Let’s start by looking at hide and skin in very general terms; what is the original purpose of this amazing material that we use to make leather from? Well, surprisingly, skin is a truly multipurpose material performing a whole host of functions that are essential for life. Among other things, it is a:

  • Packaging material – it is an elasticated, self-sealing bag that safely contains everything within whilst still allowing free movement. Life would be very messy without it!
  • Microbial barrier – it is a seal that prevents microbes entering and leaving the body. Without it a living creature would soon die from infection.
  • Temperature regulator – it keeps a creature warm when the weather is cold and cools it down when it is hot.
  • Umbrella – it offers protection from the elements; the sun and rain in particular.
  • Identity card – it provides outwardly distinguishing features that enable other creatures to clearly identify species, gender or age.
  • Camouflage – just as its shape and colouration provide a means of identification, it can also enable a creature to become barely visible in certain surroundings.
  • Diagnostic tool – many serious diseases not directly associated with the skin have symptoms that visibly manifest themselves in the skin, eg jaundice.
  • Water regulator – it provides a barrier that inhibits water loss and, therefore, stops the body becoming desiccated.
  • Energy store – the body uses the skin to store fats as a future energy source. This fat also aids insulation in cold climates.
  • Sensory organ – it houses nerve endings that enables a creature to feel things.
  • Vitamin factory – vitamin D is produced in the skin when it is exposed to sunlight. This vitamin is essential for the proper formation of bones.
  • Grip/release tool – in some animals certain areas of the skin grow ridges to provide grip, eg soles of the foot. In others, mucus is produced to make the skin slippery and difficult to hold on to.
  • Breathing mechanism – some creatures, eg frogs, absorb oxygen through their skin.

Apart from being multi-functional, the skin is considered to be the largest organ in the body.  Being able to make leather from it after it has performed all these wonderful functions is an added bonus!
So what is it in skin that enables it to perform such varied functions?  A simple analysis of well-fleshed cattle hide will  contain:
64%  Water
33%  Protein
02%  Fat
01%  Other substances, eg salts
Inevitably there will be some variation in such an analysis of the skins from different species, eg sheepskin contains more fat.
From the tanner’s point of view it is the protein portion that is important since most of the protein found in hide or skin is collagen which we use to make leather from. However, other proteins are also present including elastin, keratin and non-fibrous soluble proteins such as albumins and globulins. If we break down the protein portion of skin into its constituents we would find:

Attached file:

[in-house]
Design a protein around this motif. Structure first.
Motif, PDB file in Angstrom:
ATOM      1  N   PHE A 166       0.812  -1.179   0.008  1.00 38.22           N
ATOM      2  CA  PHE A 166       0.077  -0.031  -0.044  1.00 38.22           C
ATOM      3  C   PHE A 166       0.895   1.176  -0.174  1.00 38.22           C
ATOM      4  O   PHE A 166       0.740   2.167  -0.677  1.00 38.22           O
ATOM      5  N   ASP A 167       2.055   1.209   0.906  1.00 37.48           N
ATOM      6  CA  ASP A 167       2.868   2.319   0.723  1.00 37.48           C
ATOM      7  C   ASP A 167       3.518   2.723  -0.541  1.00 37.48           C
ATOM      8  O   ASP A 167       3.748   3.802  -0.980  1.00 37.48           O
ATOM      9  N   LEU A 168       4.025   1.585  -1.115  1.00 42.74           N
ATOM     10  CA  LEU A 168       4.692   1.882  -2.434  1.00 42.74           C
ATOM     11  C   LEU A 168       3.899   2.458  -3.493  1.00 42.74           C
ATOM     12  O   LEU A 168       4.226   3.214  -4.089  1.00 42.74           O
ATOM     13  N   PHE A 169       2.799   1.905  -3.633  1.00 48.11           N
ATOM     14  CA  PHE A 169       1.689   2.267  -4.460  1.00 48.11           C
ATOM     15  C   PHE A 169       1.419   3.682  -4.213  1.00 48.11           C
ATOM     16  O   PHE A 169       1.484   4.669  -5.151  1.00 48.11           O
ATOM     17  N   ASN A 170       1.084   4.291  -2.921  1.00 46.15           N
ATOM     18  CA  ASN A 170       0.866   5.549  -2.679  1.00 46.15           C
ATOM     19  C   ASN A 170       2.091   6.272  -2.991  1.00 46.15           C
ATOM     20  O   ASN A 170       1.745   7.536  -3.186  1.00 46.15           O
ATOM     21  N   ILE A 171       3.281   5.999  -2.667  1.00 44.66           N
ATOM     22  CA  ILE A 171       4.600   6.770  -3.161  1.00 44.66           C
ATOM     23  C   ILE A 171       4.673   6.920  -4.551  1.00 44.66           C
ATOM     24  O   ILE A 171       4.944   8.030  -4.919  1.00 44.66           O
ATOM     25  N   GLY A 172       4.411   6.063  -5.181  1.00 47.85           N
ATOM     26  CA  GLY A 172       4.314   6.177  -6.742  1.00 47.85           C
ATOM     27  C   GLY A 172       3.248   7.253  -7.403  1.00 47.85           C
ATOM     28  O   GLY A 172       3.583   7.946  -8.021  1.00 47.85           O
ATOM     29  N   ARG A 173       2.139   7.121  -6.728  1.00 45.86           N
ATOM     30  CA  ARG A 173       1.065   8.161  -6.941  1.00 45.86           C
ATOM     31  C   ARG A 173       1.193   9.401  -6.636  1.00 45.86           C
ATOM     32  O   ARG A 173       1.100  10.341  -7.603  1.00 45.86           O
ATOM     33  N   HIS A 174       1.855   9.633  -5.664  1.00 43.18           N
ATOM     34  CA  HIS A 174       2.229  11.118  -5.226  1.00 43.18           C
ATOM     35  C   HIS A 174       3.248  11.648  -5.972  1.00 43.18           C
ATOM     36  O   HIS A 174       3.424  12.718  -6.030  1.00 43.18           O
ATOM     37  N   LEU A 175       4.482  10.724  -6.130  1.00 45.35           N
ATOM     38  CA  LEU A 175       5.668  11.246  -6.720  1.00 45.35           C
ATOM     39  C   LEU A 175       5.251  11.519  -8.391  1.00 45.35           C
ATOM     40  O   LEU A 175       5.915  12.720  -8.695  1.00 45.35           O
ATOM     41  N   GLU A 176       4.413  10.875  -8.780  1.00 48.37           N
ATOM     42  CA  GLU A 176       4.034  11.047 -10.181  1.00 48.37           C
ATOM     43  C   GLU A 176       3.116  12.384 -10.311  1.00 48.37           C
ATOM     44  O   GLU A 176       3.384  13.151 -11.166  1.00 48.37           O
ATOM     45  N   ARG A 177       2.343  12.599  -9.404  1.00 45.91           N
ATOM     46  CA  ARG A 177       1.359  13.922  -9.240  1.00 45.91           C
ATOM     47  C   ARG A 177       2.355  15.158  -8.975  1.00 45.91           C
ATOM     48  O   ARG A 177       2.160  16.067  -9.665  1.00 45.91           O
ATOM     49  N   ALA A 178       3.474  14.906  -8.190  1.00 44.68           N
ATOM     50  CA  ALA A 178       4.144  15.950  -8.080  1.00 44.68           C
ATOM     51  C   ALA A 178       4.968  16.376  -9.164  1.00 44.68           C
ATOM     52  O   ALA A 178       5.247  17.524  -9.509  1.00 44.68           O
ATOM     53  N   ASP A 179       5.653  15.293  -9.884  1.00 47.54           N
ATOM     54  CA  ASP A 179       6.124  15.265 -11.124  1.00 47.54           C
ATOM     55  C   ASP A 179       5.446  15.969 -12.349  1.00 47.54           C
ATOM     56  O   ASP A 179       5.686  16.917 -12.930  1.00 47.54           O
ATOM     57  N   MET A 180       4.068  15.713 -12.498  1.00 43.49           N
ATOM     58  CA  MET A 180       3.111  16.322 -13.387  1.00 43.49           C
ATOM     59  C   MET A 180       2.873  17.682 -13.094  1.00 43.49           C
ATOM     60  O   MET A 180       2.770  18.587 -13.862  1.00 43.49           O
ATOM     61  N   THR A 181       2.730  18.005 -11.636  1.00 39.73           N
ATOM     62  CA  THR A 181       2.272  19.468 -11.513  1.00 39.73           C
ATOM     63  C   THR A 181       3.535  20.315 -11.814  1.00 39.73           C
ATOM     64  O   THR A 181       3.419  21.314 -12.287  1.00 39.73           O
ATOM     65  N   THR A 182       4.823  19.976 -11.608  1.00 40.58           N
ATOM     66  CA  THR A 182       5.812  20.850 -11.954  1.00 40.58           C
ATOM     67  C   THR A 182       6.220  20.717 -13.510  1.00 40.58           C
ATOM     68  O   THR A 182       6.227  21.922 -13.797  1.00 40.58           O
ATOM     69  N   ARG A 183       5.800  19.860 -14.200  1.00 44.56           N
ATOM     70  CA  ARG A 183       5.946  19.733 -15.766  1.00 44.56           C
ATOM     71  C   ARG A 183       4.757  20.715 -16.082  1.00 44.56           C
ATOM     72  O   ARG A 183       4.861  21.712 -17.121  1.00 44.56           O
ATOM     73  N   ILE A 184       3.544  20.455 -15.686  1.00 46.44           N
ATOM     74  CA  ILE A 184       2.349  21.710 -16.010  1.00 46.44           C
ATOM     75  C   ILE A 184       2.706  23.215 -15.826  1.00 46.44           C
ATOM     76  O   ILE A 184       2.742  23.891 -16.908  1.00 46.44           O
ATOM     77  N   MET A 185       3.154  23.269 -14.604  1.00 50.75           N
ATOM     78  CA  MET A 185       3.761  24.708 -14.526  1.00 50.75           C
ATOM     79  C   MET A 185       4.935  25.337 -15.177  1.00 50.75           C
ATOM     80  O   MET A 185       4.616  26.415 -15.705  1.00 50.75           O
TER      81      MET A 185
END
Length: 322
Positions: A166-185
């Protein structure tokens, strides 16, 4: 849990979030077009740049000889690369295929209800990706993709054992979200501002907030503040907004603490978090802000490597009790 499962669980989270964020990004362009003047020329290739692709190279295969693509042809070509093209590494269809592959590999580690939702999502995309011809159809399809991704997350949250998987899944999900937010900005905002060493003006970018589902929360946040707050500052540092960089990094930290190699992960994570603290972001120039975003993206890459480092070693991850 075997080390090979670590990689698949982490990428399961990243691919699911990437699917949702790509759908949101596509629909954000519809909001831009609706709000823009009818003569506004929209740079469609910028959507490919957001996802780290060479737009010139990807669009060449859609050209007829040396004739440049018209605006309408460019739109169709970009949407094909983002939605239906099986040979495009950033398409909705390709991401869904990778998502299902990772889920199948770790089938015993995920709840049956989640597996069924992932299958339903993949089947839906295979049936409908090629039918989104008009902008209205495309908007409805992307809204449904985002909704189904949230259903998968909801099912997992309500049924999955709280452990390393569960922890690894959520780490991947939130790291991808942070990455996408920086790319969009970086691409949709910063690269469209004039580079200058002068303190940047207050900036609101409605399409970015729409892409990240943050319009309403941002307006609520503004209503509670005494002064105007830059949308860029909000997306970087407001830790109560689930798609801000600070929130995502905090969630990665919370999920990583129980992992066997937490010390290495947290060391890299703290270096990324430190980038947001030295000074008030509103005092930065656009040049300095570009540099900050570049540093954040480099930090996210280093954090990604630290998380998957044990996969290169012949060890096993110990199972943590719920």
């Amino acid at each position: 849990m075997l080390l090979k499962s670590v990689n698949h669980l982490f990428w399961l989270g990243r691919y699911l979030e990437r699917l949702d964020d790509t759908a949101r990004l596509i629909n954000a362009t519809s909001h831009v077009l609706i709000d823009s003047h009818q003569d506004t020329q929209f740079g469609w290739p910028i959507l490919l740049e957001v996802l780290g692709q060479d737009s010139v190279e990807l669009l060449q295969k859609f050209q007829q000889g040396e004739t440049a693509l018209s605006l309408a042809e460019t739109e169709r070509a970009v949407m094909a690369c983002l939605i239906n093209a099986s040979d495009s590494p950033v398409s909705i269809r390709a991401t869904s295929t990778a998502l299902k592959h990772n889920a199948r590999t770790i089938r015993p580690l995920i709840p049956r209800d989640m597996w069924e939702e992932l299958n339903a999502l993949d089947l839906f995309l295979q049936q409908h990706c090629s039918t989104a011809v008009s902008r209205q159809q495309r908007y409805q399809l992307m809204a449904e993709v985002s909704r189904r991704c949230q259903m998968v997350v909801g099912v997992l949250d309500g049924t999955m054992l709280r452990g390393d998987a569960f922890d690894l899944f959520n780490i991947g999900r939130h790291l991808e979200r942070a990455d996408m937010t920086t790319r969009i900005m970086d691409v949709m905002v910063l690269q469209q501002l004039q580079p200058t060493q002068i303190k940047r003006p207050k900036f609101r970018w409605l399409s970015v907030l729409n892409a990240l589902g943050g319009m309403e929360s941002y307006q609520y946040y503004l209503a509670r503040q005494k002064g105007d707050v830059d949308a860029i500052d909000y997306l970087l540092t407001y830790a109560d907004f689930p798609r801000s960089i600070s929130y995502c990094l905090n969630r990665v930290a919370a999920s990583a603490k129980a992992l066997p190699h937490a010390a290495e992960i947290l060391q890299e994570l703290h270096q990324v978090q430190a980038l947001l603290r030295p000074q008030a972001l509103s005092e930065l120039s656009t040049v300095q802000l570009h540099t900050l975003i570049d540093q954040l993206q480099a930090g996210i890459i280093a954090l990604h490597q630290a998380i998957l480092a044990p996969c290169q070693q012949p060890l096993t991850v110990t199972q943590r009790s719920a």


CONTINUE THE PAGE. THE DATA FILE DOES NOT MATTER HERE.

33% Protein – of which 29% is Collagen, 2% Keratin, 0.3% Elastin, 1.7% non-fibrous proteins1
Collagen forms the framework of skin; its unique structure enables skin to be very strong, yet remarkably flexible. These properties are passed on when we turn skin into leather.
The keratinous proteins (the hair and epidermis) provide colouration, protection and warmth. Blood vessels close to the skin surface and sweat glands also play a role in temperature regulation. The sebaceous glands produce oils and waxes that coat the hair as it grows thus adding protection from the elements. 
Elastin is a fibrous protein that helps maintain the elasticity of the skin and the soluble proteins form a gel-like substance between the fibres of the collagen matrix where they help maintain skin structure. Many of these features can be seen by looking at a cross-section of hide that has been treated with a dye that reveals their presence (see Figure, below).
So it can be seen that hide and/or skin is no ordinary material; it is a complex and highly organised mixture of a whole host of different substances and structures. Whilst not directly involved with turning hide into leather, each and every one of these substances and structures will have an impact on the character of the leather that the tanner produces. In the articles that follow in this series we will examine some of them in more detail, describe their impact upon leather and offer advice on how to deal with them appropriately.